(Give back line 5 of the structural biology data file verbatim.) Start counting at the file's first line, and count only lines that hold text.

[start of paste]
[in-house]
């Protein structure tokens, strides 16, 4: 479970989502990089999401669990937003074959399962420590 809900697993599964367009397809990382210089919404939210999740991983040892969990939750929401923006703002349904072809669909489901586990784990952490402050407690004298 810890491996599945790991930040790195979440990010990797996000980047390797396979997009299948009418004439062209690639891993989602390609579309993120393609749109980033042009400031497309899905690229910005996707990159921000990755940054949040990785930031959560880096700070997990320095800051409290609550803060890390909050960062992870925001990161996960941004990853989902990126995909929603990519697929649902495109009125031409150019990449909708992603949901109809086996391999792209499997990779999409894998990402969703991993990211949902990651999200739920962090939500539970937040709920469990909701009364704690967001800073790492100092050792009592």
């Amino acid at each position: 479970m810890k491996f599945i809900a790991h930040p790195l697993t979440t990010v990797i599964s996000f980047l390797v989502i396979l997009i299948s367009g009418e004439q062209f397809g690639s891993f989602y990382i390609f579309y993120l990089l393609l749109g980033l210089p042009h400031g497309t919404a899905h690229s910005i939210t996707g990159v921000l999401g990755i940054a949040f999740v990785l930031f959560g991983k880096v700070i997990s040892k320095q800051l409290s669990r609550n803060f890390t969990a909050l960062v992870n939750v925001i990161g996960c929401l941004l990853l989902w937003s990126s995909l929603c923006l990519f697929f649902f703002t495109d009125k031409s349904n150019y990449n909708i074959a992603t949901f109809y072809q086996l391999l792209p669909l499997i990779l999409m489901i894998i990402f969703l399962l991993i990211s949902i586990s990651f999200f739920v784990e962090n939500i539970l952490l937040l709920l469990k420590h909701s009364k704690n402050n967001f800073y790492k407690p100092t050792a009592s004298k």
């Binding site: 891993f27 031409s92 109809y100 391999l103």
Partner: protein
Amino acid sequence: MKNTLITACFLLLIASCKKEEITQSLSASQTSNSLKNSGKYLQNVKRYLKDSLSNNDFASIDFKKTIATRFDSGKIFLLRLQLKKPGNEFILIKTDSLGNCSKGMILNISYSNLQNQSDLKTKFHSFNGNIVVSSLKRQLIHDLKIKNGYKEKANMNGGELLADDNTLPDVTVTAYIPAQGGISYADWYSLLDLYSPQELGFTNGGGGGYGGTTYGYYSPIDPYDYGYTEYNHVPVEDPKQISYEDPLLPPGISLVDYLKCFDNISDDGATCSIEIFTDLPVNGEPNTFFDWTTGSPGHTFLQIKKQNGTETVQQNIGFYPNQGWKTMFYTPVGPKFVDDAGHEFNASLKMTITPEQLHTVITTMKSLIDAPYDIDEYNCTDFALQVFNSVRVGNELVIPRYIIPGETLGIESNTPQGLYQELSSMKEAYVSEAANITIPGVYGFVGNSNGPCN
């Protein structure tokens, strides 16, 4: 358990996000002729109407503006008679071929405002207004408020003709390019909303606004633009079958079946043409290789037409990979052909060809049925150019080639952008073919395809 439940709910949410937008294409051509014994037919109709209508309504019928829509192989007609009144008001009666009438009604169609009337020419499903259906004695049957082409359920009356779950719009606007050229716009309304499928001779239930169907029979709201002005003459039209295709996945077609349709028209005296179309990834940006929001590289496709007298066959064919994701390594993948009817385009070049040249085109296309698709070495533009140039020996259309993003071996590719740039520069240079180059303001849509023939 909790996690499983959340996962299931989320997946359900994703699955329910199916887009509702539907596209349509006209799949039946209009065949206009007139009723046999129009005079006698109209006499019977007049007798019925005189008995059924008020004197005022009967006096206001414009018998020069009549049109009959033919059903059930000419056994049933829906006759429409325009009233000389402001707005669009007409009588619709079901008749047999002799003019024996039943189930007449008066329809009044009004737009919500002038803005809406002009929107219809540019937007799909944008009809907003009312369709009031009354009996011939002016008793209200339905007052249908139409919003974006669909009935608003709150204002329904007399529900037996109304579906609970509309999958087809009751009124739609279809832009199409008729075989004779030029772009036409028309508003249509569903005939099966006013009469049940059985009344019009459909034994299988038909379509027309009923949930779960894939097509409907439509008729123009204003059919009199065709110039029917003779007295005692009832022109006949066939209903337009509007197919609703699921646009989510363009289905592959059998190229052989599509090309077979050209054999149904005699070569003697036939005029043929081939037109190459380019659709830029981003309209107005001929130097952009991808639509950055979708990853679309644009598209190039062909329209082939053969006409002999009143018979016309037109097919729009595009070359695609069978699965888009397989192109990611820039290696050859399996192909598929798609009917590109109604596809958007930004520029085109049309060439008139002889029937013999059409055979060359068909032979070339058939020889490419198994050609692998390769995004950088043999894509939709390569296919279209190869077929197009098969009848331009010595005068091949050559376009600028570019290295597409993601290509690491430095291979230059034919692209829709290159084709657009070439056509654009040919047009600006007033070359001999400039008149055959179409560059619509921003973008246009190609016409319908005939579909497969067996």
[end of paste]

Partner: protein